If you’ve read the data engine blog series, so far, we described working with abstract definition of a data pipeline. That is, once the data pipeline is validated and optimized, the data pipeline needs to be translated into optimized code to support transactional, database, big data, and analytical workloads. In the previous blog we described data process engine capabilities and introduced “native” and “pushdown” mode concepts. Let’s look at these two concepts in detail.
Native mode: In this mode, the data engine provides its own execution environment whereby the data pipeline is translated into optimized Informatica “native” code that executes the pipeline logic. For example, the data pipeline may integrate and cleanse data from a CRM and ERP systems and load to a cloud data warehouse. In this case, all data processing, resource allocating, and grid capabilities happen on the Informatica “native” engine, either running on Linux or Windows.
With pushdown mode, the data pipeline specification is translated into another abstraction for execution, such as a database. Take the above example of integrating CRM and ERP systems, here, the engine translates the data pipeline to an optimized SQL statement and “pushes” the business transformation logic to a database, where the underlying database or application handles the allocation of resources and scheduling. The same technique applies to Spark or Spark streaming processing engines. To efficiently run the workload, a data processing engine must allow the following types of pushdown optimizations:
In source pushdown optimization, the data processing engine analyzes the data pipeline from source to target and inquires if the given data source connector has pushdown capabilities supported by the data source. For example, if a data pipeline reads data from a relational table and then applies a filter, the data processing engine will determine it is better to “push” the filter “down” to the source. For a detailed discussion on the connectivity capabilities that a data platform must provide, check out the blog “Why Is Connectivity Foundational for a Data Platform?”
The second optimization technique is called “full” pushdown. Take for example, a data pipeline that reads source data, applies business logic, and writes the output to the same database or application as the source. The process execution of these steps in the data pipeline is translated into optimized code of the underlying database or application, reducing the amount of data being moved.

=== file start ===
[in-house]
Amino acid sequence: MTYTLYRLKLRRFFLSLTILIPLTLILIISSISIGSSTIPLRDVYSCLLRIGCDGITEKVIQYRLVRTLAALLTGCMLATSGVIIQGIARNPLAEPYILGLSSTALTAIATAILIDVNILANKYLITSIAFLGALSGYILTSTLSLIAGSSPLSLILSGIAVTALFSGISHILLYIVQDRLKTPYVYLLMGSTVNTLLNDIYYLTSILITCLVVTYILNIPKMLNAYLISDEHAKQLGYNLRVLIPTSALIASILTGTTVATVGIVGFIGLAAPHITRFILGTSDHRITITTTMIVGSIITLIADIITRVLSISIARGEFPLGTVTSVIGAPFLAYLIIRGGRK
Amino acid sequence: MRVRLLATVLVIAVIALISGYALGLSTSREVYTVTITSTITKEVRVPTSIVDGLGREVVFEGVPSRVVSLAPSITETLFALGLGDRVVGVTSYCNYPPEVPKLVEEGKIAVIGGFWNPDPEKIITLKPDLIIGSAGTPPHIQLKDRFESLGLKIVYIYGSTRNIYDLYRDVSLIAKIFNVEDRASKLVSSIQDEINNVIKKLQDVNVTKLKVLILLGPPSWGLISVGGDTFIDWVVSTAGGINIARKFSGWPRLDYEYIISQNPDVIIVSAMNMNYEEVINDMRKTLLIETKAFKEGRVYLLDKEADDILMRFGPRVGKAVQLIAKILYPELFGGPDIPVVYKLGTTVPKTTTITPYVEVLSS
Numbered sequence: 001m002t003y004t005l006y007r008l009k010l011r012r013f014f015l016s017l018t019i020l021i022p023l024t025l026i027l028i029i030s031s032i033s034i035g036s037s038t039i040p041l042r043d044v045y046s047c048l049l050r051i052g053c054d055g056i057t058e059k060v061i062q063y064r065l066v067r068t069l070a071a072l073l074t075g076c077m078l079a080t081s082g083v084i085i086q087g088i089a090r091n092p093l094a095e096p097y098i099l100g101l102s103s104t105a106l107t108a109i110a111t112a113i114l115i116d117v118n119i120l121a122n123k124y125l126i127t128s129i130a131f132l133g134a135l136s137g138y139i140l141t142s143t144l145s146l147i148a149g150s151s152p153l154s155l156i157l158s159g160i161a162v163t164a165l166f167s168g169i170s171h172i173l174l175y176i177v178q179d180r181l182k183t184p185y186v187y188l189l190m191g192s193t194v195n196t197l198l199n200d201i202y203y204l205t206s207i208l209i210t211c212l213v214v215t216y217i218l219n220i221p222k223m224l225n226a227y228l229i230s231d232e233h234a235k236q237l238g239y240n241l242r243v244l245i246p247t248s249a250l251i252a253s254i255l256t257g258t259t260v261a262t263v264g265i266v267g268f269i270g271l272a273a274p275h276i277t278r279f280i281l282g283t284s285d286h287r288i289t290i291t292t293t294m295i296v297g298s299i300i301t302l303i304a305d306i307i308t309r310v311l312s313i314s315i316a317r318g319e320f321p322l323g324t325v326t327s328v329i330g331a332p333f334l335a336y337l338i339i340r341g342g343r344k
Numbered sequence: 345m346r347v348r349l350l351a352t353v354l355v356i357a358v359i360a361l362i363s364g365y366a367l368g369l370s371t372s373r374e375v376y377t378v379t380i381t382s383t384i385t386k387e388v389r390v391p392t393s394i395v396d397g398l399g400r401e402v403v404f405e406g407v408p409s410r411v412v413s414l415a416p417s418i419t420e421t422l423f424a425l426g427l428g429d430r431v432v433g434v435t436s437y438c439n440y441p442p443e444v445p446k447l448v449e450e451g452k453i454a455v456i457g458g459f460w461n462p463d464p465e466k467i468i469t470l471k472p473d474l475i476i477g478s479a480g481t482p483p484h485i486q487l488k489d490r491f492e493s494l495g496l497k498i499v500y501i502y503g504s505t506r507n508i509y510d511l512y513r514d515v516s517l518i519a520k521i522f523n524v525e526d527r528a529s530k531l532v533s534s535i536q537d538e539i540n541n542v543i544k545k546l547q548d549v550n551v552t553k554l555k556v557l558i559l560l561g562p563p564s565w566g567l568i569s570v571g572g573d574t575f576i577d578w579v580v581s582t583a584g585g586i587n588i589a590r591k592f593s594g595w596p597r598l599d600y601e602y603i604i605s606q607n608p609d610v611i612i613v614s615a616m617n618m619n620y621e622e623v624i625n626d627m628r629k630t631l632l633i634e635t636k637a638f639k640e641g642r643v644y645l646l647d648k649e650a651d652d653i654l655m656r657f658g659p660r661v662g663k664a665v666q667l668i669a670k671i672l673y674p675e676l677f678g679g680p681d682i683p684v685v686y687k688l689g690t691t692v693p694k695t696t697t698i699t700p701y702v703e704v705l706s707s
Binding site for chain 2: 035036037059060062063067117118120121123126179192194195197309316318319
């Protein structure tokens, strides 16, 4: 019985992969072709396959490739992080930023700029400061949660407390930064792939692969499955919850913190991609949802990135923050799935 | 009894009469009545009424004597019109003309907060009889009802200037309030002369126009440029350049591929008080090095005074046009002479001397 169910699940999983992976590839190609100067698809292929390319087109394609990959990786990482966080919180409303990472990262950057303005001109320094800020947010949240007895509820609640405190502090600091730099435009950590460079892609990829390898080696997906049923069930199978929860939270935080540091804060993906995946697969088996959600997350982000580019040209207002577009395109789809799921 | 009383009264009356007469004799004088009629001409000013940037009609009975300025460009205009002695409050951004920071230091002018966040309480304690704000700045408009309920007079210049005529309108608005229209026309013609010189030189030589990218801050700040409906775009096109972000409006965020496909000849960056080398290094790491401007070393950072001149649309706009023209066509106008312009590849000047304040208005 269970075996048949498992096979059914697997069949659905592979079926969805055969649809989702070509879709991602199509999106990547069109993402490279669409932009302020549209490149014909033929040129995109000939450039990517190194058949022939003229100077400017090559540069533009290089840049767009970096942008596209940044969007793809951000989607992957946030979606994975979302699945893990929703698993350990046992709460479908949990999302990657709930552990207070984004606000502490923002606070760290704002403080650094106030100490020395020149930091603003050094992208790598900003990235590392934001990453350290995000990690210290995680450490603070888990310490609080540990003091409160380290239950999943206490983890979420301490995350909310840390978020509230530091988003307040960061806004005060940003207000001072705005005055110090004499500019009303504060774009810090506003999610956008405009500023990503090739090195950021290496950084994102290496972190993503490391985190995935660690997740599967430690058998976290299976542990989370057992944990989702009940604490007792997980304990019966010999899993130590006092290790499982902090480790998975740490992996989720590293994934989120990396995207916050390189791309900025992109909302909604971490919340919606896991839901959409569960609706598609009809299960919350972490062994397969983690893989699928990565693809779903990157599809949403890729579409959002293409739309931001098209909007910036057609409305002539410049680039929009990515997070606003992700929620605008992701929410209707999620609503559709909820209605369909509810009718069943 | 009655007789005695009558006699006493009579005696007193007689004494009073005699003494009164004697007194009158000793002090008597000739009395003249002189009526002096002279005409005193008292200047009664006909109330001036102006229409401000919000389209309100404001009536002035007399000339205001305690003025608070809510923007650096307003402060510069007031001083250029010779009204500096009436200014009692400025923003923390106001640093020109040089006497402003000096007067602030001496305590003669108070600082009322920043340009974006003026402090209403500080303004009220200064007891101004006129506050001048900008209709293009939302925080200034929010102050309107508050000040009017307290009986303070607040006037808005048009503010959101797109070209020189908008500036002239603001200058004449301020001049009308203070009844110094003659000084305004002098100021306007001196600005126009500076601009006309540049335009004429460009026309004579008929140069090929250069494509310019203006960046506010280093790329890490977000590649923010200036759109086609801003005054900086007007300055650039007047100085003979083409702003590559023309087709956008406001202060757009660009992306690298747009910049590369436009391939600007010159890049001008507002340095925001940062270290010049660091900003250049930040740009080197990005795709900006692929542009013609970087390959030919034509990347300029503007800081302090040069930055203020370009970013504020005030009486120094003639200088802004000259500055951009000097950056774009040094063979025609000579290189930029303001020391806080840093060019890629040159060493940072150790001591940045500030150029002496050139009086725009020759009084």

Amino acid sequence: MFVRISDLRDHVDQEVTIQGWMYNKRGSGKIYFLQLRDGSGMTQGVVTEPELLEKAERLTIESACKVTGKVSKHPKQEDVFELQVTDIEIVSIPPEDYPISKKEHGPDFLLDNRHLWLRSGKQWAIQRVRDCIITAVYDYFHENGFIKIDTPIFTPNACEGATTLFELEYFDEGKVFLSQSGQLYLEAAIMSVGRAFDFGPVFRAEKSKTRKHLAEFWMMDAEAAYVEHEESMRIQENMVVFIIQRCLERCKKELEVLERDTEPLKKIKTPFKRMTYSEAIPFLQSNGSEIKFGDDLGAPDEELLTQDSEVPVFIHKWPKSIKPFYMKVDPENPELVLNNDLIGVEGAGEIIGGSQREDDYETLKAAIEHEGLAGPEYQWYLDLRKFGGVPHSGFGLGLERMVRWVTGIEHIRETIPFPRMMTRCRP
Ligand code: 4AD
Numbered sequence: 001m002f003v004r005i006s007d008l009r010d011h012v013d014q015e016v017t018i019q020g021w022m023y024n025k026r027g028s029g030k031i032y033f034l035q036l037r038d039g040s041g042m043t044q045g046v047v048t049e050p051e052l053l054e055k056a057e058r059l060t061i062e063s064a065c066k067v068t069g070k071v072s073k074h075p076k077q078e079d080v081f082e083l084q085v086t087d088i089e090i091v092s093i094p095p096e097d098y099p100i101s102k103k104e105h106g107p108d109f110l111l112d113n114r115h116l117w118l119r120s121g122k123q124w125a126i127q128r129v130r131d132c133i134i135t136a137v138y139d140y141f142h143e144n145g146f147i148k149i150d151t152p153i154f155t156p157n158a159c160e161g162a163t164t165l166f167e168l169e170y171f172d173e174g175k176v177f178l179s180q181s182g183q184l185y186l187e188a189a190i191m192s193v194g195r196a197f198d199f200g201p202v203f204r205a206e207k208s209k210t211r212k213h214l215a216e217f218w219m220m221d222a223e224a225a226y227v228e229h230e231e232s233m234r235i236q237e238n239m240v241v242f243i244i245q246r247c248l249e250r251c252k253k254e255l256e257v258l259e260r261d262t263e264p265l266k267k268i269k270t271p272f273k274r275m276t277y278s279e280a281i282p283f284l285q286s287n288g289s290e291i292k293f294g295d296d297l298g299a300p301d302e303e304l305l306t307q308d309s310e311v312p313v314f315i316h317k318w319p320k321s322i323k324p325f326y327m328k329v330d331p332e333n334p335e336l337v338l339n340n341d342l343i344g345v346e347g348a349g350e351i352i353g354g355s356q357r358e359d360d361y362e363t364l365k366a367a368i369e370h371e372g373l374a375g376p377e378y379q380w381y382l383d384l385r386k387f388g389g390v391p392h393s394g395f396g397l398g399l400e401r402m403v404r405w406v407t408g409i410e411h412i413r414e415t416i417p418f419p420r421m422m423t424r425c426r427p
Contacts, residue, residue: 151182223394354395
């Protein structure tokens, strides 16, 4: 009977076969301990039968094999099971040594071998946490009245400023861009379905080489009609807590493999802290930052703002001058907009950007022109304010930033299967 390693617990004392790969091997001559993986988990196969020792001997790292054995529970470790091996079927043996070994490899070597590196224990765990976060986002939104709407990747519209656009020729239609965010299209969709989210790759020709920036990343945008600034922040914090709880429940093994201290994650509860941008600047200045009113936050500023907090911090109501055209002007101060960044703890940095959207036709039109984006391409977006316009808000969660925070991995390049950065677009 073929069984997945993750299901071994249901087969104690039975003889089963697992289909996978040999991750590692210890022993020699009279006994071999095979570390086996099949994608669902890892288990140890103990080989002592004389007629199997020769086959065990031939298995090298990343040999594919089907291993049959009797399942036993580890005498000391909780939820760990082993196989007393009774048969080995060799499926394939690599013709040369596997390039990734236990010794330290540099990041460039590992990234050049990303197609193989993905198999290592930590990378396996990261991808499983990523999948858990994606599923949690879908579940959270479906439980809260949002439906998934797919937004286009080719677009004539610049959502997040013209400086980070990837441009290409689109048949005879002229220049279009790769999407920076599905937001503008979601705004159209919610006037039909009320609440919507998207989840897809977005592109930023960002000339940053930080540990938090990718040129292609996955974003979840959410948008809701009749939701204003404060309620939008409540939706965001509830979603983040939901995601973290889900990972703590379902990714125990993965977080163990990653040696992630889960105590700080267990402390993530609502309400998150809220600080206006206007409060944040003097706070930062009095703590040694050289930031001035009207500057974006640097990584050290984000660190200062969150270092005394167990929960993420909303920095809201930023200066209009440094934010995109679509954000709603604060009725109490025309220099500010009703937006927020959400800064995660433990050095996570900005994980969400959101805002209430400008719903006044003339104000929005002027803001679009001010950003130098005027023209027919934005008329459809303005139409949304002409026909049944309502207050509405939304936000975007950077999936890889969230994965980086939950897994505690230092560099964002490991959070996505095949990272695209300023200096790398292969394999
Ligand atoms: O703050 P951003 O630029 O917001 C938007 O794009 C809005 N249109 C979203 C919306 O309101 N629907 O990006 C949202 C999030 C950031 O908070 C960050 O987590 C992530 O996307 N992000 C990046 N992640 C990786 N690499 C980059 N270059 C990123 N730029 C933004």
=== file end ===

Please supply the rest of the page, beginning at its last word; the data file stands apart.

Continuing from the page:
Lastly, a data process engine has “ecosystem” pushdown. Ecosystem pushdown is similar in concept to full pushdown but leverages open source frameworks like Spark or public clouds like Azure, AWS, or GCP. These ecosystems typically provide mechanisms to process large amounts of data, either batch or streaming, that a data processing engine must be able to leverage. For example, if the data resides on a Hadoop cluster, the pipeline can be translated into Apache Spark code. If a data pipeline reads from Amazon S3 and write to Amazon Redshift, the code can be translated into a combination of S3, Redshift, and Spark code. Another example could have a data pipeline fetch data from Microsoft Dynamics CRM, stage it in Azure Data Lake Storage (ADLS), and then load data into Azure SQL Data Warehouse and be translated into a combination of Dynamics CRM, Azure Databricks Spark, ADLS, and SQL Data Warehouse code.
In a multi-cloud ecosystem, there may be a requirement to move from one ecosystem to another. For a smooth transition to the targeted ecosystem, most, if not all, the data pipeline business logic can be reused – the only changes needed are to the source and target in the pipeline.
Once a data pipeline is defined, it must be able to run on any ecosystem, database, or application just by changing the source and the target without requiring any major change to your core business logic.